NVIDIA GeForce GTX 560 Ti 448 Cores Review
Don't forget to read our GTX 560 Ti 448 Roundup where we take a look at cards from EVGA, MSI and Gigabyte
Can anyone remember the last time either of the two big players introduced a new graphics card? If you think back far enough, you’ll remember it was NVIDIA with their GTX 560 (non-Ti) that was first glimpsed back in May of this year. Since then we have seen our fair share of manufacturer designed cards that somewhat bridge the gap between certain price points but new Radeon and GeForce branded products have been few and far between.
To be perfectly transparent here, neither AMD nor NVIDIA will have their third generation DX11 architectures ready in time for this year’s lucrative Christmas shopping season. But with so many new game titles clustered around the last few months of 2011, this could be a bumper year for GPU purchases. So NVIDIA decided to step up to the plate by taking advantage of some unused cores they have been holding onto since production of the GF110-series architecture commenced. The result is a 448-core card aptly named the GTX 560 Ti 448 which is a bit of a mash up between the high end GTX 570 and the hugely popular yet lower performing GTX 560 Ti.
In order to get to this point, NVIDIA had to scrounge up some cores that offered more performance than your typical GTX 560 Ti while being inexpensive to produce. Unfortunately, the GTX 560 Ti’s GF114 core was fully tapped out since its latest iteration uses the architecture’s full number CUDA cores, ROPs and memory controllers. This meant looking to the GF110 architecture.
In essence, these GTX 560s are using “failed” GF110 cores that couldn’t make it into the GTX 570 or GTX 580 and through a careful binning process NVIDIA has found enough viable samples to introduce a new, yet limited run of cards. These cores have a pair of Streaming Multiprocessors disabled for a total of 448 cores while the elimination of a single 64-bit memory controller means eight ROPs and 128 KB of L2 cache go down the proverbial drain as well. It is worth noting that with these changes, the GTX 560 Ti 448 has exact same core specifications as last year’s GTX 470.
When compared against the rest of NVIDIA’s current lineup, it is quite easy to see where the new GTX 560 Ti 448 fits in. Its use of the GF110 architecture necessitated lower clock speeds than its 384 core sibling so it wouldn’t step on the GTX 570’s toes. Nonetheless, we are seeing a return of a larger 320-bit GDDR5 interface and the GTX 570’s 1.28GB memory layout.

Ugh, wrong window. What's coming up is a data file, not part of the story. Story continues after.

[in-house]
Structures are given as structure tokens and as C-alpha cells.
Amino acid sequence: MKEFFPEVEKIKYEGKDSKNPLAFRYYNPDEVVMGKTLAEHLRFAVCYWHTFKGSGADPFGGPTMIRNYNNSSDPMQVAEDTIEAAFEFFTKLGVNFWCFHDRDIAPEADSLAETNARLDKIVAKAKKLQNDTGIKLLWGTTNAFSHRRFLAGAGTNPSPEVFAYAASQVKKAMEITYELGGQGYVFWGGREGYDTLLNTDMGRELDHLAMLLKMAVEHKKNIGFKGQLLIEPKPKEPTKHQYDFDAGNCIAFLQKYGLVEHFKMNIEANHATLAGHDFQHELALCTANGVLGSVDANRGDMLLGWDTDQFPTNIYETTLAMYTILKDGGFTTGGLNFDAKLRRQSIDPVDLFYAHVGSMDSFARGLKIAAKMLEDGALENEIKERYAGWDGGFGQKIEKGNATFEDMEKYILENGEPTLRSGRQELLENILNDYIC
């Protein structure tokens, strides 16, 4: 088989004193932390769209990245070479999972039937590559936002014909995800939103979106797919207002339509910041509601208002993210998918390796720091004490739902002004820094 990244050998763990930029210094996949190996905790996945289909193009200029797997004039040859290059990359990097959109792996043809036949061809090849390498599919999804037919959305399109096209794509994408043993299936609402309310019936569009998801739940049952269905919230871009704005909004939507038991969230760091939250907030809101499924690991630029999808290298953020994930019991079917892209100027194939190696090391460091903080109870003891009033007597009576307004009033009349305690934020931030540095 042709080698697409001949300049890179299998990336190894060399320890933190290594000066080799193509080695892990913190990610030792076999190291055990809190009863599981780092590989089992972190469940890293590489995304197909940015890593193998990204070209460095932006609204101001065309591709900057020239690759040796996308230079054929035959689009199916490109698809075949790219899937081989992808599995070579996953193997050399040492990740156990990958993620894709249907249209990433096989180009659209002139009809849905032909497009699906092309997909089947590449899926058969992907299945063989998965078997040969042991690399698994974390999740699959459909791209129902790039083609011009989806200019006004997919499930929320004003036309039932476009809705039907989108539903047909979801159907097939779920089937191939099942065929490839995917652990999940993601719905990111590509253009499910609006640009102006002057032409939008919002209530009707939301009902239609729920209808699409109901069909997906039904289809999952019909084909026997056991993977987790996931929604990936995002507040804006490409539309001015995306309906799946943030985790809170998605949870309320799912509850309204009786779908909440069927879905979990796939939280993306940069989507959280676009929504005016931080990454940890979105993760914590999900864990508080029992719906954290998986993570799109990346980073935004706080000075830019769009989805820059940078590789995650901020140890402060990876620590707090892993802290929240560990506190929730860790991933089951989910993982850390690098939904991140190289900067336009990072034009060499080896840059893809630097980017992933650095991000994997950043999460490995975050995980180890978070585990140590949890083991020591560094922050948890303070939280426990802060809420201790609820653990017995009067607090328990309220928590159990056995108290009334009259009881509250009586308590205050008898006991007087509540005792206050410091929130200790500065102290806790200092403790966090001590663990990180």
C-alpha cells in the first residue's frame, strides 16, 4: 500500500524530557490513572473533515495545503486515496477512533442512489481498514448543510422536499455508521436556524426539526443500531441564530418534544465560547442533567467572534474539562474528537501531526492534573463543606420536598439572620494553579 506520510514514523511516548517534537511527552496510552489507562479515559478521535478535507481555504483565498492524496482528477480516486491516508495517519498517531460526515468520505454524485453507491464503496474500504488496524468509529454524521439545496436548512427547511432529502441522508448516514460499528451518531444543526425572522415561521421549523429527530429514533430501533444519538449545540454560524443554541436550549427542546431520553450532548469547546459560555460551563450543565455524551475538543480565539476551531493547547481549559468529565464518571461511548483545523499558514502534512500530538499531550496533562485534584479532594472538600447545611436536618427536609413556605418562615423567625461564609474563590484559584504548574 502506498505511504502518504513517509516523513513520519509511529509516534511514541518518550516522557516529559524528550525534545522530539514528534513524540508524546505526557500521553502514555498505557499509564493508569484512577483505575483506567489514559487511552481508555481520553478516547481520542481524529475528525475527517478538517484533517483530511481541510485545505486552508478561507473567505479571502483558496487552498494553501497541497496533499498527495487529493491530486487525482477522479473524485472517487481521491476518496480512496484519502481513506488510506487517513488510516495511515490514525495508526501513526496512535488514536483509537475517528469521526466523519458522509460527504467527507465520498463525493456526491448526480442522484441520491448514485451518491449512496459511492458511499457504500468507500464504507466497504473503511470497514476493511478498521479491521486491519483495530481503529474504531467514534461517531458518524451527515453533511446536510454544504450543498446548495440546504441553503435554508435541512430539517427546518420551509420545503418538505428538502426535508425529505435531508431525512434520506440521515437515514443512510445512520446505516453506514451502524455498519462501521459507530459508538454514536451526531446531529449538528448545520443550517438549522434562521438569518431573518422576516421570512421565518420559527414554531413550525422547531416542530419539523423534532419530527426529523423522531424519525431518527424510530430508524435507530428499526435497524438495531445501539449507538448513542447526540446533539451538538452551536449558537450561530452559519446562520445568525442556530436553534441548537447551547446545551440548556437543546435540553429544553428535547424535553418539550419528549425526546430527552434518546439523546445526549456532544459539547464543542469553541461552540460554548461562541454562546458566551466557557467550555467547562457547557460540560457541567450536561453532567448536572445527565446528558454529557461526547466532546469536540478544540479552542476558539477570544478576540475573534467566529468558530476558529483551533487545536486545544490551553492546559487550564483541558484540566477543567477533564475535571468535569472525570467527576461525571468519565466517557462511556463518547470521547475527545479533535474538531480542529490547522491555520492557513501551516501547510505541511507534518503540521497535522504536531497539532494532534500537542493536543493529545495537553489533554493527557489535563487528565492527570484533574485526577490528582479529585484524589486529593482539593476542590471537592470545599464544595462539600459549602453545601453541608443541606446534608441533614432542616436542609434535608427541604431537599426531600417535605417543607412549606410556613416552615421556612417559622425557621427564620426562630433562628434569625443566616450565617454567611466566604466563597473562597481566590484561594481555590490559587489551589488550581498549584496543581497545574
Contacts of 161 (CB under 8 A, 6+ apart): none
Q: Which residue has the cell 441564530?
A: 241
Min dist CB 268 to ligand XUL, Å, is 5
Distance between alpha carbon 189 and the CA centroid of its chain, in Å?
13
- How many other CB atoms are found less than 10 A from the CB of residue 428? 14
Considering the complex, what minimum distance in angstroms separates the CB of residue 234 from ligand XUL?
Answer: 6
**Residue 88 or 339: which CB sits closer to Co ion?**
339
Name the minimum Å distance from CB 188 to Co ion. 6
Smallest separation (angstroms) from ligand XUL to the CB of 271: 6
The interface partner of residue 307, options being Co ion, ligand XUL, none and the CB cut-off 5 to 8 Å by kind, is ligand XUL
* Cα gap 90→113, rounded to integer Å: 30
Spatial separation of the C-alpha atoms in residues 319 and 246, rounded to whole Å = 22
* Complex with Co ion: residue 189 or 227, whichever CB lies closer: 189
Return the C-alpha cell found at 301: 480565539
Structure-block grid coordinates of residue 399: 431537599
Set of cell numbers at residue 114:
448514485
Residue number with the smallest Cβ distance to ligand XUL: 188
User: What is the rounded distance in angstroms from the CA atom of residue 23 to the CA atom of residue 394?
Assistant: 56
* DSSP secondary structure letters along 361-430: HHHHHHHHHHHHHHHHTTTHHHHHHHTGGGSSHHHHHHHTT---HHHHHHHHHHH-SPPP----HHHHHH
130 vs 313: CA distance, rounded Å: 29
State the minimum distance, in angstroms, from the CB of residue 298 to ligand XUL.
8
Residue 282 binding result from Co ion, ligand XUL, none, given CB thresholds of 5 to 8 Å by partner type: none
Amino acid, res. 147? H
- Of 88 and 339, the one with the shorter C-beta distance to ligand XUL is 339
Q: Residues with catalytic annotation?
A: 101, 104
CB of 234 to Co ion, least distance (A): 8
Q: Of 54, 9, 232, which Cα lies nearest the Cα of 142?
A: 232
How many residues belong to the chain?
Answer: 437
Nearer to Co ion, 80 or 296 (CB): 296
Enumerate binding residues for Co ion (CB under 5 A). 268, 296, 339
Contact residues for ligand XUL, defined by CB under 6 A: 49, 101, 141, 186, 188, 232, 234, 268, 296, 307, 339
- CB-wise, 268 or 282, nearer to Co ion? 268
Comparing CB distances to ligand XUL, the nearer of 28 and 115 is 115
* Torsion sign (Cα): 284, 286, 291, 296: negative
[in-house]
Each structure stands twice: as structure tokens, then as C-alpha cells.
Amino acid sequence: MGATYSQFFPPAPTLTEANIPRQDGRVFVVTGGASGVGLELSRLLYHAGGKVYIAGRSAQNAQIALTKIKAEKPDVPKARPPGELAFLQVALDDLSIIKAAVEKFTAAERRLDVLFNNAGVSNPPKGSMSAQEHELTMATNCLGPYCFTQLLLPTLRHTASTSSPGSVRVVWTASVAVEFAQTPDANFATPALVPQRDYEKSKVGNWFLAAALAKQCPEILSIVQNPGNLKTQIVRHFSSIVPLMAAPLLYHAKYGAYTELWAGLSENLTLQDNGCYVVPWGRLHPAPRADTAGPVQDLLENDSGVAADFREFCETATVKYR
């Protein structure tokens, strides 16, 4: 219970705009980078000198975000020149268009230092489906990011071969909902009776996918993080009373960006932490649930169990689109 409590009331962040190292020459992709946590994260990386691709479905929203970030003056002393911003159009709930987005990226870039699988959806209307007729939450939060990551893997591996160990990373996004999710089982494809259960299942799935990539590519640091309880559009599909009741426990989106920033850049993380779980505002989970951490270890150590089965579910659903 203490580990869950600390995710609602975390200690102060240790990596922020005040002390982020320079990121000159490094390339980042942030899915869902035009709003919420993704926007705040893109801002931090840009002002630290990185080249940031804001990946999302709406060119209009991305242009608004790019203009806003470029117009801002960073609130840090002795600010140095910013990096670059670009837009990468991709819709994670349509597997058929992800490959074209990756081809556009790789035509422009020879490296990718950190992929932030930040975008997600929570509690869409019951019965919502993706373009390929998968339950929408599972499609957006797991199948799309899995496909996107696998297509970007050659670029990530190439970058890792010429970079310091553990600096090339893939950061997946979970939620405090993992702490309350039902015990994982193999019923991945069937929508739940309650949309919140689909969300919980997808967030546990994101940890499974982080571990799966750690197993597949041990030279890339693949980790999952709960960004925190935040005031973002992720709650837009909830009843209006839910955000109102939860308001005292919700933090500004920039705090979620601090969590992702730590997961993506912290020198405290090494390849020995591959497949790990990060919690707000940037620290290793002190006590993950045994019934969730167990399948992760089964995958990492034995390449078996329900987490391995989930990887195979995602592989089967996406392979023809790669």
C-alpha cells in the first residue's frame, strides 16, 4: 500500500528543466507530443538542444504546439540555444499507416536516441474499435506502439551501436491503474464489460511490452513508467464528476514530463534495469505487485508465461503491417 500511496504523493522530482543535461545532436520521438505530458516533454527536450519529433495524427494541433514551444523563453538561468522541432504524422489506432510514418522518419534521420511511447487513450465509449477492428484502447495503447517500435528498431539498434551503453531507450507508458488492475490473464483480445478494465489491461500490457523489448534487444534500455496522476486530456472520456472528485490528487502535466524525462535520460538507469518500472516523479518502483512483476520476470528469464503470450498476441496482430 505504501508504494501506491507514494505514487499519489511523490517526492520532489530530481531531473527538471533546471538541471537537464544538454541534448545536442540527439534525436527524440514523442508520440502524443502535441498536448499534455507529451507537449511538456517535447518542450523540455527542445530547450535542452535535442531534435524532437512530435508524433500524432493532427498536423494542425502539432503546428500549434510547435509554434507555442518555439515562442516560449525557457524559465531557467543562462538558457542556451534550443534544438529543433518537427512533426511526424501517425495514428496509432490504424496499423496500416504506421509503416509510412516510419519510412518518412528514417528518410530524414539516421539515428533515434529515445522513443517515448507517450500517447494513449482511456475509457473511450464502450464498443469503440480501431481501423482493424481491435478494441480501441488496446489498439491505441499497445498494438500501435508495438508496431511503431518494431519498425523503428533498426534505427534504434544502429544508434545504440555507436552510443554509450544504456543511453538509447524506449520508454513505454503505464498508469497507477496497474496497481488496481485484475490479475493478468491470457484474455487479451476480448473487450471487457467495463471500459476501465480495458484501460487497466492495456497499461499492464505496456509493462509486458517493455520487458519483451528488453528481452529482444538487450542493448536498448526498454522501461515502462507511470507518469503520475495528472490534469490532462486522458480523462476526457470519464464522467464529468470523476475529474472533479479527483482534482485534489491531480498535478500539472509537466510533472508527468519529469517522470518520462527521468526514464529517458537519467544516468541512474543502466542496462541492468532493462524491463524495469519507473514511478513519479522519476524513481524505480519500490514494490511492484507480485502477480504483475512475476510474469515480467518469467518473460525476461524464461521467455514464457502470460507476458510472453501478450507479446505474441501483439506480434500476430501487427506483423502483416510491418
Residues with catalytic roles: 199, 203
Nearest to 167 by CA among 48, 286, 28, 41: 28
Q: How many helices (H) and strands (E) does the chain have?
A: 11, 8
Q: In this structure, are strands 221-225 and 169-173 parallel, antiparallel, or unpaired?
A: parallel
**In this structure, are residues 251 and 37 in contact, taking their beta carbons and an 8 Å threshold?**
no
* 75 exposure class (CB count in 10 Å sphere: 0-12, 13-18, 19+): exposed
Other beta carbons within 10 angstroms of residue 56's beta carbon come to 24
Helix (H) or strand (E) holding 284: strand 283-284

NVIDIA is threading a bit of a needle here though. While there may be a significant difference between the GTX 570 and GTX 560 Ti on paper and in benchmarks, there isn’t all that much separating one from the other when it comes to pricing. The GTX 560 Ti 448 does bridge this gap but its specifications should put it closer to the GTX 570 than its little brother so expect it to hit the $289 mark at launch. For some this may be a bitter pill to swallow considering certain loss-leader GTX 570s hitting about $300 but as market forces take hold, expect these low priced cards to become a thing of the past. In addition AMD’s HD 6950 2GB has very recently seen its price cut to $270 in preparation for the GTX 560 Ti 448’s launch so the battle between these two middleweights should be interesting to see.
As you may expect, the use of binned GF110 cores means there is a strictly finite number of GPUs available for this card. So expect the GTX 560 Ti 448 to be a limited edition product that will be around for the time being but once the initial run is sold out, finding one will become almost impossible. To ensure retail channels are sufficiently stocked and demand is somewhat controlled, NVIDIA has also decided to release this card in some markets but not others. North America, European Nordic countries, the UK, France, Germany and Russian retailers will all get stock while the rest of the world is out of luck this time around.
With prevalence of inexpensive 1080P monitors and visually stunning games like Battlefield 3 and Batman: Arkham City, it really shouldn’t come as any surprise that NVIDIA is targeting this particular performance niche. When playing at 1080P or higher resolutions, the GTX 560 Ti is more than sufficient to play new games at medium detail settings but many will want Before the GTX 560 Ti 448, that meant stepping up to a $310 (or higher) GTX 570 or hop onto the AMD train by choosing a HD 6950 2GB. This new card meanwhile provides a value minded alternative and adds in Triple SLI compatibility for those who want a bit of extra firepower.
With the who’s who of board partners offering these cards, it should come as no surprise that every one of them is vying for your attention. Since NVIDIA doesn’t have a “reference” layout for the GTX 560 Ti 448, every card we have seen uses a different design and are usually tailor made to offer increased overclocking headroom and quiet, efficient cooling. The Gigabyte card we are using for this review is no exception since it retains NVIDIA’s default specifications and recommended price of $289 but sports a unique heatsink and custom PCB. Make sure you check our GTX 560 Ti 448 Core Roundup for a look at cards from EVGA and MSI as well.
|Latest Reviews in Video Cards|